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Funding News, Community Health Programmes, New Training Courses, and a look at the Ebola Crisis
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In this Issue:
Aid Works wins backing from Lloyds Bank and the Big Lottery Fund
Involving Communities in Health Programmes
Survey - What support do aspiring aid workers need?
Competition: Win TEDxSheffield tickets!
Upcoming Courses: Careers in Aid Work, 22nd November, Sheffield
Aid Works in the Press
Who We Have Helped in 2014
Around the Globe - Interesting articles & videos from the web...
Under the Microscope: Ebola
Get the Facts: Ebola
Top Tips - Short Term Assignments
Dispatches from the Field: Fay Ballard writes from Monrovia, Liberia
**Stop Press!** We’re excited to announce two additional, expert facilitators for our upcoming Careers in Aid Work course in Sheffield on 22nd November. We’ll be joined by Nicholas Richards - Head of HR at International Rescue Committee UK - and Cicely Clarke - Programme Officer (Asia) at Mercy Corps. Find out more about our course here.

Aid Works wins backing from Lloyds Bank and the Big Lottery Fund


Following a highly competitive selection process - including a nerve-wracking, Dragons Den style pitch! - we won a place on the Lloyds Bank Social Entrepreneurs Programme, provided by the School for Social Entrepreneurs and funded by Lloyds Bank and the Big Lottery Fund.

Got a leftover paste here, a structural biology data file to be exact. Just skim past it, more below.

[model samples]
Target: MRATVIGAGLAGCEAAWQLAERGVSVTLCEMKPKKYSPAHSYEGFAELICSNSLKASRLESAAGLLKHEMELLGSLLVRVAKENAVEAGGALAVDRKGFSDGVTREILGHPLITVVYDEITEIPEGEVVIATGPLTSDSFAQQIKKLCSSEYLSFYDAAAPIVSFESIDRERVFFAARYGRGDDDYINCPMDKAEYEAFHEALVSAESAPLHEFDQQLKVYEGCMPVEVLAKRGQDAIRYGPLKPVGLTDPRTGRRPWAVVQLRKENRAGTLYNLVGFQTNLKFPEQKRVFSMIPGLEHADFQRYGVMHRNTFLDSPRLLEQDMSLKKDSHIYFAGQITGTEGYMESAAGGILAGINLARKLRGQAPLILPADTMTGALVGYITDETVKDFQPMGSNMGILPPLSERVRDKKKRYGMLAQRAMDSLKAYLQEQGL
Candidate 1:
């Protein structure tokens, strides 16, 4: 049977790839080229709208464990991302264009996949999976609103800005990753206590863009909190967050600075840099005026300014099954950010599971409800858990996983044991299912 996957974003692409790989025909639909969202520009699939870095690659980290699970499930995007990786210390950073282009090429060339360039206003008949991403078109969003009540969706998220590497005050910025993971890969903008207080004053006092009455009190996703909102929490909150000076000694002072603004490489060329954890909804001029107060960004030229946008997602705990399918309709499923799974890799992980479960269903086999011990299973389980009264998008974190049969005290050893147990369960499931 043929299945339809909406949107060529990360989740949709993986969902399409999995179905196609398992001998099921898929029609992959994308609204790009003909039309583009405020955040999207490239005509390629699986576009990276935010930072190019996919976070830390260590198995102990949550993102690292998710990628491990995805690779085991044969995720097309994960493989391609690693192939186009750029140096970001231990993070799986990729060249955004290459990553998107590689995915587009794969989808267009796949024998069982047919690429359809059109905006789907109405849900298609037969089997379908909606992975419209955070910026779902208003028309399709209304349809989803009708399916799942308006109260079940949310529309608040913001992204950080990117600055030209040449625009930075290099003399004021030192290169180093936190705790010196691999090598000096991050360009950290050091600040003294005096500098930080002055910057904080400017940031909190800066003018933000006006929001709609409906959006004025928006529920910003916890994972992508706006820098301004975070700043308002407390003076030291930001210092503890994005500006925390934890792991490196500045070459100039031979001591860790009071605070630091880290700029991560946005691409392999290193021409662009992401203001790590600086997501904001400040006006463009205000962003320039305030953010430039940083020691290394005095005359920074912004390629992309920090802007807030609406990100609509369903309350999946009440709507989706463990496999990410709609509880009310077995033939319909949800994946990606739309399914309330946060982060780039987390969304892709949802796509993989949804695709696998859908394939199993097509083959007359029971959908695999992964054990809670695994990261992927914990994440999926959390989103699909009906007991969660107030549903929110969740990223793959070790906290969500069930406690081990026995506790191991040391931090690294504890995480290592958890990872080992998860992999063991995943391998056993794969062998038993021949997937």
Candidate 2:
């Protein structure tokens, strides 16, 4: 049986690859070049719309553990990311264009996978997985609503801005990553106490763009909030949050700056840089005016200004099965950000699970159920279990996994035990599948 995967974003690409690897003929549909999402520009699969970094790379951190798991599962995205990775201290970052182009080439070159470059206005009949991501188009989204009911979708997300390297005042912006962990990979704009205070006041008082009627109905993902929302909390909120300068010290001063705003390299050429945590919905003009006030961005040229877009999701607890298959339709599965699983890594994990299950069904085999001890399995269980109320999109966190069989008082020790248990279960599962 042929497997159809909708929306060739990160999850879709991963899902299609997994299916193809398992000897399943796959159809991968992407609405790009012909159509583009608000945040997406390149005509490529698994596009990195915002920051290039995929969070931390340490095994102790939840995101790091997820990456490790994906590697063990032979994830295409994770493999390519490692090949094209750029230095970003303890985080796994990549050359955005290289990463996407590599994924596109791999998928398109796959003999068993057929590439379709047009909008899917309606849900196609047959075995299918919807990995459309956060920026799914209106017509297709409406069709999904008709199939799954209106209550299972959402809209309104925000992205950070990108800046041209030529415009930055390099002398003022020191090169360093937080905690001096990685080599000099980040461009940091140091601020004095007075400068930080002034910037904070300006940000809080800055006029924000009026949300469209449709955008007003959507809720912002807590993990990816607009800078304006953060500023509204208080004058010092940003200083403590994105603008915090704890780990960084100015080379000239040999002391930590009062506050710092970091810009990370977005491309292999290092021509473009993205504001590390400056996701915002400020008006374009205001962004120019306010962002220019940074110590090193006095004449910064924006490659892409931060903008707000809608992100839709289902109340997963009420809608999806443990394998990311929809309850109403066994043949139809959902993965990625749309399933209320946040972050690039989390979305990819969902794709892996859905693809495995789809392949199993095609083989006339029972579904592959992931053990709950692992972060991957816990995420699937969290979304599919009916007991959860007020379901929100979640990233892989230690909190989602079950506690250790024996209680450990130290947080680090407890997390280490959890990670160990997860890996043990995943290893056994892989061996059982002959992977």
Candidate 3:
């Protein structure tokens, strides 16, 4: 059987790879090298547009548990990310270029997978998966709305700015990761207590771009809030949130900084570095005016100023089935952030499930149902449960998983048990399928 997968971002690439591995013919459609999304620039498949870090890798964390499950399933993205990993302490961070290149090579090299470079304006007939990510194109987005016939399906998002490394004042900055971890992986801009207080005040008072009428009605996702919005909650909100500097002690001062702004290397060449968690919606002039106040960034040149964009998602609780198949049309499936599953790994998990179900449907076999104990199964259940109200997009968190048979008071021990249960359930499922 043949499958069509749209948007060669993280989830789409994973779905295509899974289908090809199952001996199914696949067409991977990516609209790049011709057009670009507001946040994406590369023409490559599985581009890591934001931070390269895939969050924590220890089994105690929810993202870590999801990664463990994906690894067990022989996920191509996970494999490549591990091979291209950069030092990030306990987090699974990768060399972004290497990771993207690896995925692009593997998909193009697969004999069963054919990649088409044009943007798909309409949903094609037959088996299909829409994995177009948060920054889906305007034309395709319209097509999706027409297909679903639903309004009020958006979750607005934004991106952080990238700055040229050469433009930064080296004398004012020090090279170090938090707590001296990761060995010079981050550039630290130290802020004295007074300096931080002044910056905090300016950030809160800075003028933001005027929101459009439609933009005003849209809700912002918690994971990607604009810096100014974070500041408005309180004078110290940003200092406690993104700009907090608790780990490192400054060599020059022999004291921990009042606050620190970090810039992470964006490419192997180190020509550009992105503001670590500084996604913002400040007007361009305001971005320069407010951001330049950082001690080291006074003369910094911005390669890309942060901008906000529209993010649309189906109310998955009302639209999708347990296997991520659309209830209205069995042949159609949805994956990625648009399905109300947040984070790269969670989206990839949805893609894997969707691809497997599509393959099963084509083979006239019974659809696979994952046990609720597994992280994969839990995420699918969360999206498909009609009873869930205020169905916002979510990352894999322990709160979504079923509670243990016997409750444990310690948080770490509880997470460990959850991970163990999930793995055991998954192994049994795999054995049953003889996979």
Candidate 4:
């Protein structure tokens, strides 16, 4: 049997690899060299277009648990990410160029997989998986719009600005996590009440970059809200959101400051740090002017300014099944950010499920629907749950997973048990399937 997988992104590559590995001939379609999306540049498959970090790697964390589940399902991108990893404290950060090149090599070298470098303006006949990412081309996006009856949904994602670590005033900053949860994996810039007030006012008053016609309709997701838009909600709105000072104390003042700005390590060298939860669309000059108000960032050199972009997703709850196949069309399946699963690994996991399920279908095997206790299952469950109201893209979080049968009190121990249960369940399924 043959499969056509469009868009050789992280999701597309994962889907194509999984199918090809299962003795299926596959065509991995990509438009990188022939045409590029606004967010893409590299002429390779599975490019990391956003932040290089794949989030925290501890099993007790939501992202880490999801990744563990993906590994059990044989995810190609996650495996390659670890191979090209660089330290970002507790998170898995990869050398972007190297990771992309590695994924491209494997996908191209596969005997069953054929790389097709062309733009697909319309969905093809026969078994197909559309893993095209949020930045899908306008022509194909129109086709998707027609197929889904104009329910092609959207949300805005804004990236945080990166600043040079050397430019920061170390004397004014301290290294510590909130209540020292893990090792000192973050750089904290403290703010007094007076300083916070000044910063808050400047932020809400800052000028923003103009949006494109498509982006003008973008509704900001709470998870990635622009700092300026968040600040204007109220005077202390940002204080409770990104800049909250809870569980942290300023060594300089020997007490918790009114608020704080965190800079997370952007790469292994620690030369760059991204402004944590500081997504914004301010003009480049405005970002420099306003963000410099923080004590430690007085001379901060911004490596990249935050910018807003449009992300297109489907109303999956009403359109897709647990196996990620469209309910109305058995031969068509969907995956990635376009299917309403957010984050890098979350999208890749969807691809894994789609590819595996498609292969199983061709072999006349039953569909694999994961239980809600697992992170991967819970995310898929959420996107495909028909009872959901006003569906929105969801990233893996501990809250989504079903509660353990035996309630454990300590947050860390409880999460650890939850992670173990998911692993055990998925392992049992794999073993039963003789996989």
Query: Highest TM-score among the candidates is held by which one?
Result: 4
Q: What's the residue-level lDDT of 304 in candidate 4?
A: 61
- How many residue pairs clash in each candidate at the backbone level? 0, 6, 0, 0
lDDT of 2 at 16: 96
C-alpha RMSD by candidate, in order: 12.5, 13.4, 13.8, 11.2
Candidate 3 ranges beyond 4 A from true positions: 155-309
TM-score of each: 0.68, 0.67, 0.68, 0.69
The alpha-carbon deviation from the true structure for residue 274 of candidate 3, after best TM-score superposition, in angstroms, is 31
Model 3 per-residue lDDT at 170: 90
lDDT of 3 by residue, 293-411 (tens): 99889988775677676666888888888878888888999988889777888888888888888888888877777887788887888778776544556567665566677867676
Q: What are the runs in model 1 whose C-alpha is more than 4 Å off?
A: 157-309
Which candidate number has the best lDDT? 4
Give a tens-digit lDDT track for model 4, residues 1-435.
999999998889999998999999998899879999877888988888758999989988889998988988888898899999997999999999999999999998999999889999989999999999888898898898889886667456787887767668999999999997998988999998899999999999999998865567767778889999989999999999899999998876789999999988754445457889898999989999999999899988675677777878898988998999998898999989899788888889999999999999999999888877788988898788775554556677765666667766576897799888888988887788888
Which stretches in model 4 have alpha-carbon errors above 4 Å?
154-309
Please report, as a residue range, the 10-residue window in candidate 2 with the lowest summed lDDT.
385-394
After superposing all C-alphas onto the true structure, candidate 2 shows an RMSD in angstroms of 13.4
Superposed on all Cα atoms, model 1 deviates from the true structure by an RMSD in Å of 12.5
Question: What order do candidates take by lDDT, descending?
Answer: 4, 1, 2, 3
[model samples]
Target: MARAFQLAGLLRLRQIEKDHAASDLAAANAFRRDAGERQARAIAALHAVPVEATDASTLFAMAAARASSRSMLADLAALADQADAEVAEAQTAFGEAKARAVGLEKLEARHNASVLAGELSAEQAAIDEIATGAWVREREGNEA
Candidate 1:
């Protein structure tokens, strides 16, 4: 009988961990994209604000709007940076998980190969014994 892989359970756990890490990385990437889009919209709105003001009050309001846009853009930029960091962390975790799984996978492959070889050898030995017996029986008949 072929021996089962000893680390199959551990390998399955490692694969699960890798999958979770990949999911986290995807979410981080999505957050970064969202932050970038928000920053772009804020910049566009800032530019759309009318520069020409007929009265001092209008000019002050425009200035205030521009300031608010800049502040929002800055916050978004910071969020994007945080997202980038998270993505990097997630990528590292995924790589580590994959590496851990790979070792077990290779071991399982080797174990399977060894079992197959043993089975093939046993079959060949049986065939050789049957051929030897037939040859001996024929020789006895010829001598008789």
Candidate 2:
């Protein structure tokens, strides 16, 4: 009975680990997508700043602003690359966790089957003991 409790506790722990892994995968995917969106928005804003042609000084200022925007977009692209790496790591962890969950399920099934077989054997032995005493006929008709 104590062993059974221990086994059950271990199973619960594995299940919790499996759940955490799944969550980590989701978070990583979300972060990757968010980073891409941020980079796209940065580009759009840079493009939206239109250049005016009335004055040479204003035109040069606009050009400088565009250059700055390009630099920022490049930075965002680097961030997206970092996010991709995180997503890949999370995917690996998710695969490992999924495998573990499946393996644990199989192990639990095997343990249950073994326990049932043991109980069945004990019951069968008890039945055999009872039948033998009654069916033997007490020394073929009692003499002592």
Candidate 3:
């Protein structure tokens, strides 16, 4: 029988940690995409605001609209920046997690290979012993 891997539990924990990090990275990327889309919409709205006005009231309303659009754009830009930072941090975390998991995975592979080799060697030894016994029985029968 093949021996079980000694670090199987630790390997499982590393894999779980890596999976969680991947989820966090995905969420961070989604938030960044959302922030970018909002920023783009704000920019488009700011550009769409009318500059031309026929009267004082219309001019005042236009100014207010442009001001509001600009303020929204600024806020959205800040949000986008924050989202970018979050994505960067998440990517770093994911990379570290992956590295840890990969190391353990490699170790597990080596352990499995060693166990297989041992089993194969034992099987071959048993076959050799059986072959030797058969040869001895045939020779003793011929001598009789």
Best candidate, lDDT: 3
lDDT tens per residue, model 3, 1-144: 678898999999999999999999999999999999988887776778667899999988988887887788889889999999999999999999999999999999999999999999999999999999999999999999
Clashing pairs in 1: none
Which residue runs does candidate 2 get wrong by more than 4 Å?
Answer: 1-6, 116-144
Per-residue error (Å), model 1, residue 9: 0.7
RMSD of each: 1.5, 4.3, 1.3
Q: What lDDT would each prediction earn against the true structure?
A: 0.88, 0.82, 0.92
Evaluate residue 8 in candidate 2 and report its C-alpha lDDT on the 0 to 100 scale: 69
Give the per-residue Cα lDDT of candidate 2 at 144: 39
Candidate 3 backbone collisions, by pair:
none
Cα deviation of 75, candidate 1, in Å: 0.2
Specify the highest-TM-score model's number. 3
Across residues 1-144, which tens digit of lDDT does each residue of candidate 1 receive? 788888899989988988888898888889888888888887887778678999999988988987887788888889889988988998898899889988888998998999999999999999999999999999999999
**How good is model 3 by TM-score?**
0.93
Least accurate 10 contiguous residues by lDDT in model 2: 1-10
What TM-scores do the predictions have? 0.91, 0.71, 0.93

Mo took up his place at the school two weeks ago, where he met lots of other entrepreneurs working in our local community. There were some fantastic training sessions on communication and expressing your organizational mission and values. We’ve already been working on these and will share them with you soon. You can read more about Mo’s first days at the School for Social Entrepreneurs here.
 
As well as the invaluable training, we have received a £4,000 grant to plough into our work. This has allowed us to offer subsidized places on our first course, Careers in Aid Work. The rest of the cash is being invested in the development of a range of other courses in our Get the North to the South Programme, which aims to get more northerners into the aid industry.

Involving Communities in Health Programmes